Posted: 11th February, 2021
It is important to highlight that psychological safety is a not a fancy term for trust. As outlined below, they are related but fundamentally different concepts.
What is psychological safety?
Amy Edmondson (2014) defined it as “individuals’ perceptions about the consequences of interpersonal risks in their work environment. It consists of taken- for-granted beliefs about how others will respond when one puts oneself on the line, such as by asking a question, seeking feedback, reporting a mistake, or proposing a new idea.”
Two key characteristics of the psychological safety are highlighted in the literature:
It is experienced at a group level as opposed to an individual level. In a team, individual team members will tend to have similar perceptions of whether or not the team climate is psychologically safe.
The group experiences the impact of interpersonal dynamics immediately (Edmondson, 2019) as opposed a time frame of future consequences.
Why is it different from trust?
Trust relates to interactions between two individuals or parties as opposed to being experienced at a group level. Trust is an expectation that someone can be counted on to do something in a future moment, as opposed to the immediate felt sense of psychological safety. Edmondson (2019) summarised that difference as trust being about giving others the benefit of the doubt, whereas psychological safety relates to whether others will give you the benefit of the doubt as you share your thoughts or ask for help.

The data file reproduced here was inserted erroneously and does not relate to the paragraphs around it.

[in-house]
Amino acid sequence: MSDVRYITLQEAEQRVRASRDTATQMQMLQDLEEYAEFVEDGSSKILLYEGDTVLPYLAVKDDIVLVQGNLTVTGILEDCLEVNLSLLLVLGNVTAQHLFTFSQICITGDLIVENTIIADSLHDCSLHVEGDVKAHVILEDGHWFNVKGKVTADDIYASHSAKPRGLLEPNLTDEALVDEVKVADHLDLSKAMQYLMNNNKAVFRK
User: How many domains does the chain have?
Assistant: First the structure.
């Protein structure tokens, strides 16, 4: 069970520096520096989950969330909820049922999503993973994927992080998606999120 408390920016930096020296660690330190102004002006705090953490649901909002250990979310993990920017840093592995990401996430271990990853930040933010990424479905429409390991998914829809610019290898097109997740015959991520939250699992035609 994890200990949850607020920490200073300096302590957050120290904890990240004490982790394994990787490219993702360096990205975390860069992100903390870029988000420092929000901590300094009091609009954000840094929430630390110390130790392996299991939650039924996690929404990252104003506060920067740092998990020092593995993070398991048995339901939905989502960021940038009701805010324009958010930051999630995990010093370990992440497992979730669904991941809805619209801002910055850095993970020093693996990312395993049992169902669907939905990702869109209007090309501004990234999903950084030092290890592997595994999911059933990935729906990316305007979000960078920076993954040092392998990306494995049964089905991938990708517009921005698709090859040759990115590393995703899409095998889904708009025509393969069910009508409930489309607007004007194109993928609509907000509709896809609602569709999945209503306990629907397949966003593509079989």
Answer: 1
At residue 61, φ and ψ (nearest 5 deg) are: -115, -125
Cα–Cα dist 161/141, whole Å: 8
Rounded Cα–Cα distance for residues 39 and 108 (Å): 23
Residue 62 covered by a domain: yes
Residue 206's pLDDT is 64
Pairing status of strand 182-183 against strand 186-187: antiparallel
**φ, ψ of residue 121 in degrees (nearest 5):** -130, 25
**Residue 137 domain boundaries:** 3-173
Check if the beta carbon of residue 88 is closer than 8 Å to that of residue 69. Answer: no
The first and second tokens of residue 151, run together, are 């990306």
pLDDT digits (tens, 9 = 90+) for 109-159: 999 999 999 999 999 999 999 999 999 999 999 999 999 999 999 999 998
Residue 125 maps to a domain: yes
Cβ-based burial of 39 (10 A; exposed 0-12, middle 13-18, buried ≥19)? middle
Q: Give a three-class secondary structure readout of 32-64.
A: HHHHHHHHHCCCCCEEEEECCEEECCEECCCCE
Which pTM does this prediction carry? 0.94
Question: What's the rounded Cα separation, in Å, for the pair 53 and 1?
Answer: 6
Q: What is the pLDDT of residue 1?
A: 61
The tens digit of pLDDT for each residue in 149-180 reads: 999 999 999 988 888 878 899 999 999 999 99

Table 1: Difference between Psychological Safety and Trust (Turner, 2019)
Psychological safety is a key variable of success for teams working well together and is as key to team coaching as trust is a 1 to 1 coaching relationship – it an emergent success factor that allows support and challenge to be present in the work.
Why is psychological safety relevant to team coaching?
One simple answer is that if it’s relevant to the better functioning of teams, then it is relevant to team coaching. A team coach can assist the team to continuously raise their awareness about levels of psychological safety in the room in service of the team’s functioning.
We also propose that team coaching can contribute to psychological safety and hence in turn to team functioning. Kahn (1990) identified four contributing factors to psychological safety: interpersonal relationships, group dynamics, leadership and organizational norms. All of these contributing factors are at play when a team coach works with a team. The team coach can play an important role in not only shining a light of these factors and their impact, but also in role modelling their interpersonal relationships with team members and their style of leadership. Role modelling encourages others to speak up, share ideas and ask for help. If the team coach can stay with the moments when psychological safety gets challenged (the put down, the eye roll, the mocking laugh), they can raise awareness and help build new ways of communicating within the team.
Why is psychological safety important to teams?
Team effectiveness researchers have identified the link between psychological safety and team performance (Mathieu, Maynard, Rapp & Gilson, 2008) resulting in psychological safety being identified as one of the key contributing factors (Dinh & Salas, 2017) within team effectiveness models (Burke, Stagl, Salas, Pierce, & Kendall, 2006). Dinh & Salas (2017) locate psychological safety as a core component of co-operation, a hallmark of teaming.